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Lopez Obrador pledges to solve power, gas challenges on Mexico's Yucatan Peninsula


Industrial users concerned about short-term situation

Government decisions to cancel FRSU LNG project worsen supply challenges

1.5 GW of renewables under development may ease situation

  • Author
  • Daniel Rodriguez    Rocco Canonica
  • Editor
  • Jim Magill
  • Commodity
  • Electric Power LNG Natural Gas

Power customers reported another blackout on the Yucatan Peninsula Sunday, a day after President Andres Manuel Lopez Obrador promised to ensure reliable gas supply in the region as well as build a generation plant.

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"We are providing all our support to solve the natural gas shortage, which is the source problem behind blackouts," Lopez Obrador said Saturday in a webcast event in Yucatan. "I pledge to have enough gas in [Mexico's] southeast region and all of the Yucatan Peninsula."

The president also said he gave an order to state-owned power utility CFE to build a power plant in the region to ensure an end to blackouts on the Peninsula.

The administration has not released details about the new power plant, nor how it will ensure gas supply into the region, which is under an operative emergency by Mexico's electric grid operator Cenace.

On Sunday evening, users of social media reported intermittent blackouts in several neighborhoods in Merida, Yucatan. This happened as local temperatures reached above 40 degrees Celsius (104 F).

CFE did not respond to requests for confirmation of the current situation on the Peninsula, the presidential announcement, or to the veracity of blackouts reported by end-users.


The situation is worrisome, said Alberto Xacur, the regional representative for Yucatan of Mexico's National Industrial Transformation Chamber, known as Canacintra, said on Monday in a statement.

"The announcements made by President Lopez Obrador] are good for the sector, but these are not immediate solutions," Xacur said. "We are still worried because of the high temperatures in the coming months."

Xacur said the presidential announcement would translate into support to advance the interconnection between Engie's Mayakan pipeline system and state-owned independent system operator Cenagas' Sistrangas network.

The region is currently supplied by Pemex's natural gas production in Southern Mexico. However, output from the state oil company has fallen in recent years amid budget constraints and natural production declines in aging fields.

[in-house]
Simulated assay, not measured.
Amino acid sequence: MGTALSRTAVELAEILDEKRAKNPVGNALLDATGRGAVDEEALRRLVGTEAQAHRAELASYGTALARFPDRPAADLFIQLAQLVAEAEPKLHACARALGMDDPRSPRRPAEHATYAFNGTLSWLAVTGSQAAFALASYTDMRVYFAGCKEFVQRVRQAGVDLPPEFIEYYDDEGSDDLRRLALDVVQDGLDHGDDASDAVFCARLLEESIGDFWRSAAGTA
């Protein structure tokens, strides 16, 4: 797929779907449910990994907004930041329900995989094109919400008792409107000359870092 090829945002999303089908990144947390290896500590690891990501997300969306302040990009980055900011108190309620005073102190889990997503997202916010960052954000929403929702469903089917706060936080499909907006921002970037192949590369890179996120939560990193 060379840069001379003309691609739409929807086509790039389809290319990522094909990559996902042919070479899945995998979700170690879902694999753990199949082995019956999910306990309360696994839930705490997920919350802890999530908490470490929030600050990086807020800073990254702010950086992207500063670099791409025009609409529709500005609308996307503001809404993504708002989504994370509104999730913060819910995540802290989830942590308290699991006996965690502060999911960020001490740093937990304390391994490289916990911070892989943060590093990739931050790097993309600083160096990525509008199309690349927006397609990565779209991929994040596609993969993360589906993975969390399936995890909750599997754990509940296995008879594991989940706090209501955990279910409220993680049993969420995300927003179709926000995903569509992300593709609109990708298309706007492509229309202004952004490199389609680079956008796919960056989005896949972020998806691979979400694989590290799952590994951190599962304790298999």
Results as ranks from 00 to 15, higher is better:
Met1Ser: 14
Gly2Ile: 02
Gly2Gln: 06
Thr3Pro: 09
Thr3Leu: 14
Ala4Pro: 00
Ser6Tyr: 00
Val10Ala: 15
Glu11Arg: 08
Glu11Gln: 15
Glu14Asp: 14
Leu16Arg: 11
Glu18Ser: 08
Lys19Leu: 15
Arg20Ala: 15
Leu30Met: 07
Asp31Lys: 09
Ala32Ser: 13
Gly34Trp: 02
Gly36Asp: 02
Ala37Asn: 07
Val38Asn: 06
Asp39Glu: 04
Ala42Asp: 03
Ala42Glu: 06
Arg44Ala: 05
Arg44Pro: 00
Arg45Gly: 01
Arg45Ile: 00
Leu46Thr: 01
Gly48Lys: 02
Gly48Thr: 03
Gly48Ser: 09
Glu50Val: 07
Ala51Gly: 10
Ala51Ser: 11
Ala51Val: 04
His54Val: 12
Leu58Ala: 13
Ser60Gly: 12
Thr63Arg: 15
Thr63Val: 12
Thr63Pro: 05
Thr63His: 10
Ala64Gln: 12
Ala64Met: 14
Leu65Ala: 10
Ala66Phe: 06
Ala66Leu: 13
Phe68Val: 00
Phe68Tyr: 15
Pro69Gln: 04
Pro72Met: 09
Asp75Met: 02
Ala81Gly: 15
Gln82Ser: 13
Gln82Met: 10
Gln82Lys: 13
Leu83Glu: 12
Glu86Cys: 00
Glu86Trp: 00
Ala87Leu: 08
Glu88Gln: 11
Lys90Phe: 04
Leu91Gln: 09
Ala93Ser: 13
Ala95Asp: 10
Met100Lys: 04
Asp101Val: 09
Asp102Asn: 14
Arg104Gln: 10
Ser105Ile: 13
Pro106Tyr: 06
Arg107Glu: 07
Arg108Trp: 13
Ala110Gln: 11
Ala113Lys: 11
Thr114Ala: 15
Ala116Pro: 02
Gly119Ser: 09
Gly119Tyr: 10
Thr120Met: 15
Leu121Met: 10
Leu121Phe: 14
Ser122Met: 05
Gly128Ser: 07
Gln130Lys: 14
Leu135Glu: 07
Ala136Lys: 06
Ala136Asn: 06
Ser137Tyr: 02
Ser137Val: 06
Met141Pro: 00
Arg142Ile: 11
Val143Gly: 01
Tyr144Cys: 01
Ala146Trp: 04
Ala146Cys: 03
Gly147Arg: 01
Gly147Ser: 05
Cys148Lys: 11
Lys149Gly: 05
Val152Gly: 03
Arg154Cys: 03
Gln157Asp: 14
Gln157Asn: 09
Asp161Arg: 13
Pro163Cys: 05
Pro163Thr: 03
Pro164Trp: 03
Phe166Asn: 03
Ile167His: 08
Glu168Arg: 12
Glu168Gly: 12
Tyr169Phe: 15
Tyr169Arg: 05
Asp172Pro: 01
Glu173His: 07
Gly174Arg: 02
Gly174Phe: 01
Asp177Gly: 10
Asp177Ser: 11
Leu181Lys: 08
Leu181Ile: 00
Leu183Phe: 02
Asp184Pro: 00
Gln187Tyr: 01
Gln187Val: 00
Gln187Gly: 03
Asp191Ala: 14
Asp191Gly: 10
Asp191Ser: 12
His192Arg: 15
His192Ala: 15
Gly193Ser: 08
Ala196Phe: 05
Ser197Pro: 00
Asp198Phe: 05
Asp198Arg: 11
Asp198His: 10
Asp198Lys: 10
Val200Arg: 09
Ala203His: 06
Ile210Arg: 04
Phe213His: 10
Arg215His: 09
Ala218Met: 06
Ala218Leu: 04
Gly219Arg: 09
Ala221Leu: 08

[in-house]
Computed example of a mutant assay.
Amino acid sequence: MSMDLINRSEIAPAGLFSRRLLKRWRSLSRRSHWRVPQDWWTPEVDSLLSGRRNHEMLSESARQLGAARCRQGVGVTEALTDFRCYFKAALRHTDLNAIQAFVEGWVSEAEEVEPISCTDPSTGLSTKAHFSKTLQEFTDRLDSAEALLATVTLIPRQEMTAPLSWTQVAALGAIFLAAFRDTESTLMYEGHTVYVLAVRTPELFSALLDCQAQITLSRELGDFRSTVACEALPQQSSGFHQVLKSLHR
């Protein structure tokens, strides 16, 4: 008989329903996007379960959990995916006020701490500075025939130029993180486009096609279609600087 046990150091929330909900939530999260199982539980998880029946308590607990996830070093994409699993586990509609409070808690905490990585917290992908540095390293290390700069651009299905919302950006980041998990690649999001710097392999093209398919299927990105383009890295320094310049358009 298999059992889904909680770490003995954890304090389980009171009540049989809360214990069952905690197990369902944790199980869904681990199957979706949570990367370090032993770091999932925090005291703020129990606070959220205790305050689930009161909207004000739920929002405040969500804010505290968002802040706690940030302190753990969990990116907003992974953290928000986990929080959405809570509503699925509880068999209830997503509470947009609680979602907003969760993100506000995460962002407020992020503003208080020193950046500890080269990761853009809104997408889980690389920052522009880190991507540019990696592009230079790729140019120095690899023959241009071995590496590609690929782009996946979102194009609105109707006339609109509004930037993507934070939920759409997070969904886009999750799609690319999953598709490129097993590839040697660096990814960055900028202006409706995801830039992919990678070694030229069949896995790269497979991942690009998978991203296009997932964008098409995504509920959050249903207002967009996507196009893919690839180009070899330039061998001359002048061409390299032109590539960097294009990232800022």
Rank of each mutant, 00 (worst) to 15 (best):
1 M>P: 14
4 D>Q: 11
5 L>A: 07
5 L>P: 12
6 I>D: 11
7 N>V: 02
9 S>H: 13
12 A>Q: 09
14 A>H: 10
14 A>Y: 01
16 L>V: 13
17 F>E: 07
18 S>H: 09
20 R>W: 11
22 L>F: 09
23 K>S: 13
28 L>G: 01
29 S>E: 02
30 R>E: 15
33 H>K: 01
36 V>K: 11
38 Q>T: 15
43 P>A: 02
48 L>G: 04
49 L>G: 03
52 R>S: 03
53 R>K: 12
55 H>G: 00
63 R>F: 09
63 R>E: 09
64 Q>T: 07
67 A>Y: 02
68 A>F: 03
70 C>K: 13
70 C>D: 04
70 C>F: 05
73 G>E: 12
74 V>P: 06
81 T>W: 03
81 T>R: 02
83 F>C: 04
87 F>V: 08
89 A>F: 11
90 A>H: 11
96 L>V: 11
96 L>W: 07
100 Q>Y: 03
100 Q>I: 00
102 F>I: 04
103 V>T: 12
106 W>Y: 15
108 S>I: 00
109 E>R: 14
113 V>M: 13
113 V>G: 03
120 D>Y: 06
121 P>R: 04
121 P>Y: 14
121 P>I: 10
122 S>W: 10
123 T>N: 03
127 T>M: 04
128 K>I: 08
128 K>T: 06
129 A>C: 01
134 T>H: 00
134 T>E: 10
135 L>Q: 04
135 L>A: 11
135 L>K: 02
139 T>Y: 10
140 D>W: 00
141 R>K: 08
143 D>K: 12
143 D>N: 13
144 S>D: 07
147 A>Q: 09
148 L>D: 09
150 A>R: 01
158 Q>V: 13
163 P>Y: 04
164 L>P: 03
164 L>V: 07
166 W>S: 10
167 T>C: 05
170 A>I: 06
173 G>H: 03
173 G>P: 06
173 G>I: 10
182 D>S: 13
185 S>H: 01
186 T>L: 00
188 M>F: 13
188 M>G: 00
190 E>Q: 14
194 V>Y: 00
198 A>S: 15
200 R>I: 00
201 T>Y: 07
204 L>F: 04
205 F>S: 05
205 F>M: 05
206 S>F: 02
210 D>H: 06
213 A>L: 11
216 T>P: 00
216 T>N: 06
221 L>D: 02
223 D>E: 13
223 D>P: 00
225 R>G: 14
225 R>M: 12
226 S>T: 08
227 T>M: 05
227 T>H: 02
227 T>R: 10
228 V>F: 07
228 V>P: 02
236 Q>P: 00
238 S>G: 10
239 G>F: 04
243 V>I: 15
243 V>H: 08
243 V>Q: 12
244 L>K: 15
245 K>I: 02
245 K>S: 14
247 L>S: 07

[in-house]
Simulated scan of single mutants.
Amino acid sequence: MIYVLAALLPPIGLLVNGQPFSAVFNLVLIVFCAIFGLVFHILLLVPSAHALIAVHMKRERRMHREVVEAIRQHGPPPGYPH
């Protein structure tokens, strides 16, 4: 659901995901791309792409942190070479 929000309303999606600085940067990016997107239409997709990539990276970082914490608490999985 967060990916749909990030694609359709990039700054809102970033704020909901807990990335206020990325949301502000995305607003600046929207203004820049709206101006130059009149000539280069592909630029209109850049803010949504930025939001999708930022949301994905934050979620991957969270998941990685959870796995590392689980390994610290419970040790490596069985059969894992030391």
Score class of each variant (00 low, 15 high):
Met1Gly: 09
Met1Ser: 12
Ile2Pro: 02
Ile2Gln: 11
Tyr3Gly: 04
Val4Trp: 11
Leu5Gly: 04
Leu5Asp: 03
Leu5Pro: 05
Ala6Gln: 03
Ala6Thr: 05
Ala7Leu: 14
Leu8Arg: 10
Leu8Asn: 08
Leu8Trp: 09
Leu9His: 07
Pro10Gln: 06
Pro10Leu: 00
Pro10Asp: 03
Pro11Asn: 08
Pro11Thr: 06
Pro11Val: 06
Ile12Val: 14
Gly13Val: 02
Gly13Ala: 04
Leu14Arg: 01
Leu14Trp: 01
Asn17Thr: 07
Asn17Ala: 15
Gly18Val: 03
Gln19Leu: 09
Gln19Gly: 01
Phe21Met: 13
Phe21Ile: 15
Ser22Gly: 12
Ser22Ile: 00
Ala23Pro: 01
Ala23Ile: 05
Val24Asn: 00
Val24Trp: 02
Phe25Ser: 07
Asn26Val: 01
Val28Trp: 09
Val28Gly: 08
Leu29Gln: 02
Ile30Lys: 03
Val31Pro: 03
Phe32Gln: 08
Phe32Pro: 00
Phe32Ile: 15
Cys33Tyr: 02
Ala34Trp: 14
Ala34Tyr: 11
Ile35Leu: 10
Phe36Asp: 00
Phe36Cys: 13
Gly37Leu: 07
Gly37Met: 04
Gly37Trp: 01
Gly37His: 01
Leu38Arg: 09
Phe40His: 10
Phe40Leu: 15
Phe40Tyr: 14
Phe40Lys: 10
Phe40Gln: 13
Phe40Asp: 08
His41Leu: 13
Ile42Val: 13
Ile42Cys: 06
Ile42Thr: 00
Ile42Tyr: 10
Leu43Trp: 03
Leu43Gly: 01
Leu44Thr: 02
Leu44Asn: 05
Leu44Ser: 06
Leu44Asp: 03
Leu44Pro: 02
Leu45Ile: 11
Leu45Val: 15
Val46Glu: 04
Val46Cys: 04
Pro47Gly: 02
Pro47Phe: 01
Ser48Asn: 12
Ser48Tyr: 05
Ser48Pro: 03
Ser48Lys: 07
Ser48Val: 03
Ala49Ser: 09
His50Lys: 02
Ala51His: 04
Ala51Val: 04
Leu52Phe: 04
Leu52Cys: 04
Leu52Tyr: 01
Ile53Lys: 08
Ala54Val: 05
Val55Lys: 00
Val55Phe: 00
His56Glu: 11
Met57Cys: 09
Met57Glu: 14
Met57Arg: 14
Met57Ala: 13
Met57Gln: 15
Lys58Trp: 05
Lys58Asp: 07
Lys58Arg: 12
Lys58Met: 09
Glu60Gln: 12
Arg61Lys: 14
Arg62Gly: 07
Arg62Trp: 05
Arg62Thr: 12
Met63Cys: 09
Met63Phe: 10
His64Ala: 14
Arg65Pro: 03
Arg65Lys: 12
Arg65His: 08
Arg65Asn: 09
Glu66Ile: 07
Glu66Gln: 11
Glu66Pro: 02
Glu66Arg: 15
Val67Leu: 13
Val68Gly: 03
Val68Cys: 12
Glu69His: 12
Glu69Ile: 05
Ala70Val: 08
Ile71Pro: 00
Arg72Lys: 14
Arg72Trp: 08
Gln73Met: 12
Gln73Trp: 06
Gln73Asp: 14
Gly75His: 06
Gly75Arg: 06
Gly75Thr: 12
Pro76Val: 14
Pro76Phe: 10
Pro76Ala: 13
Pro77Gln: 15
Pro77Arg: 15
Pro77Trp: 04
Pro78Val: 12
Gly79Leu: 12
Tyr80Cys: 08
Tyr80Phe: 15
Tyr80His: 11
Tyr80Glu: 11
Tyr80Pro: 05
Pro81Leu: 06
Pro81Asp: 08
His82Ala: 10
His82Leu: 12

"Our concerns remain, and we urge CFE to look closely that state power plants have enough fuel supply," Xacur said.

Mexico's electric grid operator is preparing for potential supply rationing, brownouts or even blackouts on the Yucatan Peninsula this summer as the region's gas shortage reaches critical levels, Cenace said in a statement.

Tight fuel supply will require the Yucatan's three combined-cycle power plants to operate at reduced load, potentially resulting in insufficient generating capacity during periods of peak demand.

According to Cenace, electric demand on the Peninsula could reach up to 2,220 MW this summer. Existing connections to Mexico's national power grid allow for the import of up to 1,235 MW.


It is unlikely the Yucatan Peninsula will make it through the summer without more blackouts, Victor Rafael, executive director of the National Solar Energy Association (ANES), told S&P Global Platts on Monday.

"The announcement made of building a new power plant shows they do not understand the root issue of natural gas shortages," Rafel said.

The Lopez Obrador administration in January scrapped a Pemex auction to lease and install a floating and storage regasification unit for LNG in southern Mexico at the Port of Pajaritos in Veracruz state.

"The situation in the peninsula is delicate, and the government worsened the situation by canceling the FRSU tender," he added.

At the time, Pemex said it canceled the project because a higher upstream budget will allow it to produce more gas in the region from new discoveries such as the major onshore discovery Ixachi.

In the medium term, the situation could be eased by the construction of renewable generation projects in the region, Rafael said. "There are major projects under development. However, social problems and aboriginal consultations have stalled them," he said.

"There are many projects in the pipe, which if they were completed, they would ensure supply and lower electricity prices as the region is currently being supplied with diesel," he said.

According to data from Mexico's Energy Regulatory Commission (CRE), there are 24 renewable generation projects soon to begin construction or become operational in the state of Yucatan with a combined 1.5 GW of capacity.

-- Rocco Canonica,

-- Daniel Rodriguez,

-- Edited by Jim Magill,